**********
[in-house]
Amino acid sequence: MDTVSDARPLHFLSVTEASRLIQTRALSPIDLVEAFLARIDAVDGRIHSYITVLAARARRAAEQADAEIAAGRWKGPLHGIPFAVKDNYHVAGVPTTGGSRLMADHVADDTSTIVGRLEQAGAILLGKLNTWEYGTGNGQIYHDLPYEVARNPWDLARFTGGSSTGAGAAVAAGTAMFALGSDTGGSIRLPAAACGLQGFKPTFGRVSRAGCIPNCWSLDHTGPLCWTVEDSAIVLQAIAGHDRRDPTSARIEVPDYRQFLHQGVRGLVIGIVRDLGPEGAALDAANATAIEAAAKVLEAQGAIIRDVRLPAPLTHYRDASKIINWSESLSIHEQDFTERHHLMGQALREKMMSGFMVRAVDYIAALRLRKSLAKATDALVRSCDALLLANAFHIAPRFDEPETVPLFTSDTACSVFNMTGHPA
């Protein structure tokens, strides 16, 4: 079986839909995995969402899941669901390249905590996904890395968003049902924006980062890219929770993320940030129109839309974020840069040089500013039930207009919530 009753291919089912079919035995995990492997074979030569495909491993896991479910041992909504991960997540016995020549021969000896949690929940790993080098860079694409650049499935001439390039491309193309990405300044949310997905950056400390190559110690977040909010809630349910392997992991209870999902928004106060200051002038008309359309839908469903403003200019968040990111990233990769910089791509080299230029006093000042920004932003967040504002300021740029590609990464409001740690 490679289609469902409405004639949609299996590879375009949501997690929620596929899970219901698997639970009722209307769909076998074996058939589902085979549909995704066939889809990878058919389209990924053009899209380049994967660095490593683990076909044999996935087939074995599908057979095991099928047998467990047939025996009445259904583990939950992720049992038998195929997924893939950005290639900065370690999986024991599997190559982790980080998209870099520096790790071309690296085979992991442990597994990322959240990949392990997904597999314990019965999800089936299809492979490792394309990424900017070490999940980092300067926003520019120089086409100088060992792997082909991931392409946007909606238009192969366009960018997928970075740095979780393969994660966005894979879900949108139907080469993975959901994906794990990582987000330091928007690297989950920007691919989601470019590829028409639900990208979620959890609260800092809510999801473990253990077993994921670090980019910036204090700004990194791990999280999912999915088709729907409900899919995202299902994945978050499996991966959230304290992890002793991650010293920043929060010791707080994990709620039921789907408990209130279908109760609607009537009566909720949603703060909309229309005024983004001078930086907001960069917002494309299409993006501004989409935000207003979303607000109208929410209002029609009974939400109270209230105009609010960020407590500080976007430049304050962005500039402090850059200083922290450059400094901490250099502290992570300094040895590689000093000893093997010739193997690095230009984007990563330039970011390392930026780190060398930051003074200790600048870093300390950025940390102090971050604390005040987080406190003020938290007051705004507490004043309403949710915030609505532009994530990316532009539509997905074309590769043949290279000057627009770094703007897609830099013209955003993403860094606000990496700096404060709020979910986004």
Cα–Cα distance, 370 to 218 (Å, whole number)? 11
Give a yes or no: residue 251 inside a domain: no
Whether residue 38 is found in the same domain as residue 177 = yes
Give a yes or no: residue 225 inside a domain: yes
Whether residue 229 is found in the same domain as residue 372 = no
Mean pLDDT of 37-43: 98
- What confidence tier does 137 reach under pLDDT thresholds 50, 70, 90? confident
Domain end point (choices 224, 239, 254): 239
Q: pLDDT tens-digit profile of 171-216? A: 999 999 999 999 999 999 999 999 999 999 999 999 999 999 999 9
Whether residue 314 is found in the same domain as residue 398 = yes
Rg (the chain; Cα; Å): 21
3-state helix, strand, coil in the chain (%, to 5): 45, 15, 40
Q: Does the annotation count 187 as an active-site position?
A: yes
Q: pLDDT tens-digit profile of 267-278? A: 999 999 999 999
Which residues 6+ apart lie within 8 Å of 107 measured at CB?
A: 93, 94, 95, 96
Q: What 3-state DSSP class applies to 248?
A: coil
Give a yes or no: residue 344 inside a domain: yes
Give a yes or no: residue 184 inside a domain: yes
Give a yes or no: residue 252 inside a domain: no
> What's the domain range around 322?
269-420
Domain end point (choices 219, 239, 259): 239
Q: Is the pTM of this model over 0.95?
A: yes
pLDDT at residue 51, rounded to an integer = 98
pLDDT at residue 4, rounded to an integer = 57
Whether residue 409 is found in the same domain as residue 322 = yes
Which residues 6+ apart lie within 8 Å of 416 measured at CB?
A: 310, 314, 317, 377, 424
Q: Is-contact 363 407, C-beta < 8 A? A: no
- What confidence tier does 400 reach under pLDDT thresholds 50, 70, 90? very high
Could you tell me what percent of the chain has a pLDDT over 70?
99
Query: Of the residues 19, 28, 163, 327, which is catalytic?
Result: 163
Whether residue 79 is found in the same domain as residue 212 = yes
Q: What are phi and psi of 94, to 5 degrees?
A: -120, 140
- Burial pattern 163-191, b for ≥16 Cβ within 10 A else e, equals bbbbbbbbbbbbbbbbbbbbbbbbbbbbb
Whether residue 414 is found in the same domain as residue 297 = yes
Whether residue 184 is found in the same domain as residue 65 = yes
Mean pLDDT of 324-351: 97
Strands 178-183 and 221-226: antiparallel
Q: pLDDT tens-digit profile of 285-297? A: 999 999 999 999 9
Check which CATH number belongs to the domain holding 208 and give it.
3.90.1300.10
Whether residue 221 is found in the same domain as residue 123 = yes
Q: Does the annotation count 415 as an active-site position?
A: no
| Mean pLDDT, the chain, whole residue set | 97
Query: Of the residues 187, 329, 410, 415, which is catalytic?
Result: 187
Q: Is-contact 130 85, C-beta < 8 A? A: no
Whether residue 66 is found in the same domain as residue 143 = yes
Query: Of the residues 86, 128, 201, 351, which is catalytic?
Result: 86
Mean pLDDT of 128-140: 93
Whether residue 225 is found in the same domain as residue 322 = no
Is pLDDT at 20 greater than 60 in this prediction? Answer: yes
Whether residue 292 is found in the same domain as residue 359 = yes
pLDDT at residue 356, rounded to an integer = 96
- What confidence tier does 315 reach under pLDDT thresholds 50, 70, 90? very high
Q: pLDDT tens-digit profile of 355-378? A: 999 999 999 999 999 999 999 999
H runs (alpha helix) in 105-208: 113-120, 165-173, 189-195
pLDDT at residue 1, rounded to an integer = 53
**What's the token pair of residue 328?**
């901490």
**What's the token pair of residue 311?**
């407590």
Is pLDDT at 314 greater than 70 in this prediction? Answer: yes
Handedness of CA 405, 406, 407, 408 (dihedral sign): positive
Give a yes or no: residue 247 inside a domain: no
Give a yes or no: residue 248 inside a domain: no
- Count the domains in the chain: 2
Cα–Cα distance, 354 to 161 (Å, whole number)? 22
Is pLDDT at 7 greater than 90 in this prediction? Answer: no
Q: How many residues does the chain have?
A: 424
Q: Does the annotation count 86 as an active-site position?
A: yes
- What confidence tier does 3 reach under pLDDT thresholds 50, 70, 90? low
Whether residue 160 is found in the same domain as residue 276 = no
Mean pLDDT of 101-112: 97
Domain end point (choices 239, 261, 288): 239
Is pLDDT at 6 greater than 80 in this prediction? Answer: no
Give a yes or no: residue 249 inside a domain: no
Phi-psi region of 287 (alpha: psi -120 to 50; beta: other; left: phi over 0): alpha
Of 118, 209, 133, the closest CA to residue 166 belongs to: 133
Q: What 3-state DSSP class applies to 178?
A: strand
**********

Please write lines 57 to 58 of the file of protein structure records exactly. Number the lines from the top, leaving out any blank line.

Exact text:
Query: Of the residues 187, 329, 410, 415, which is catalytic?
Result: 187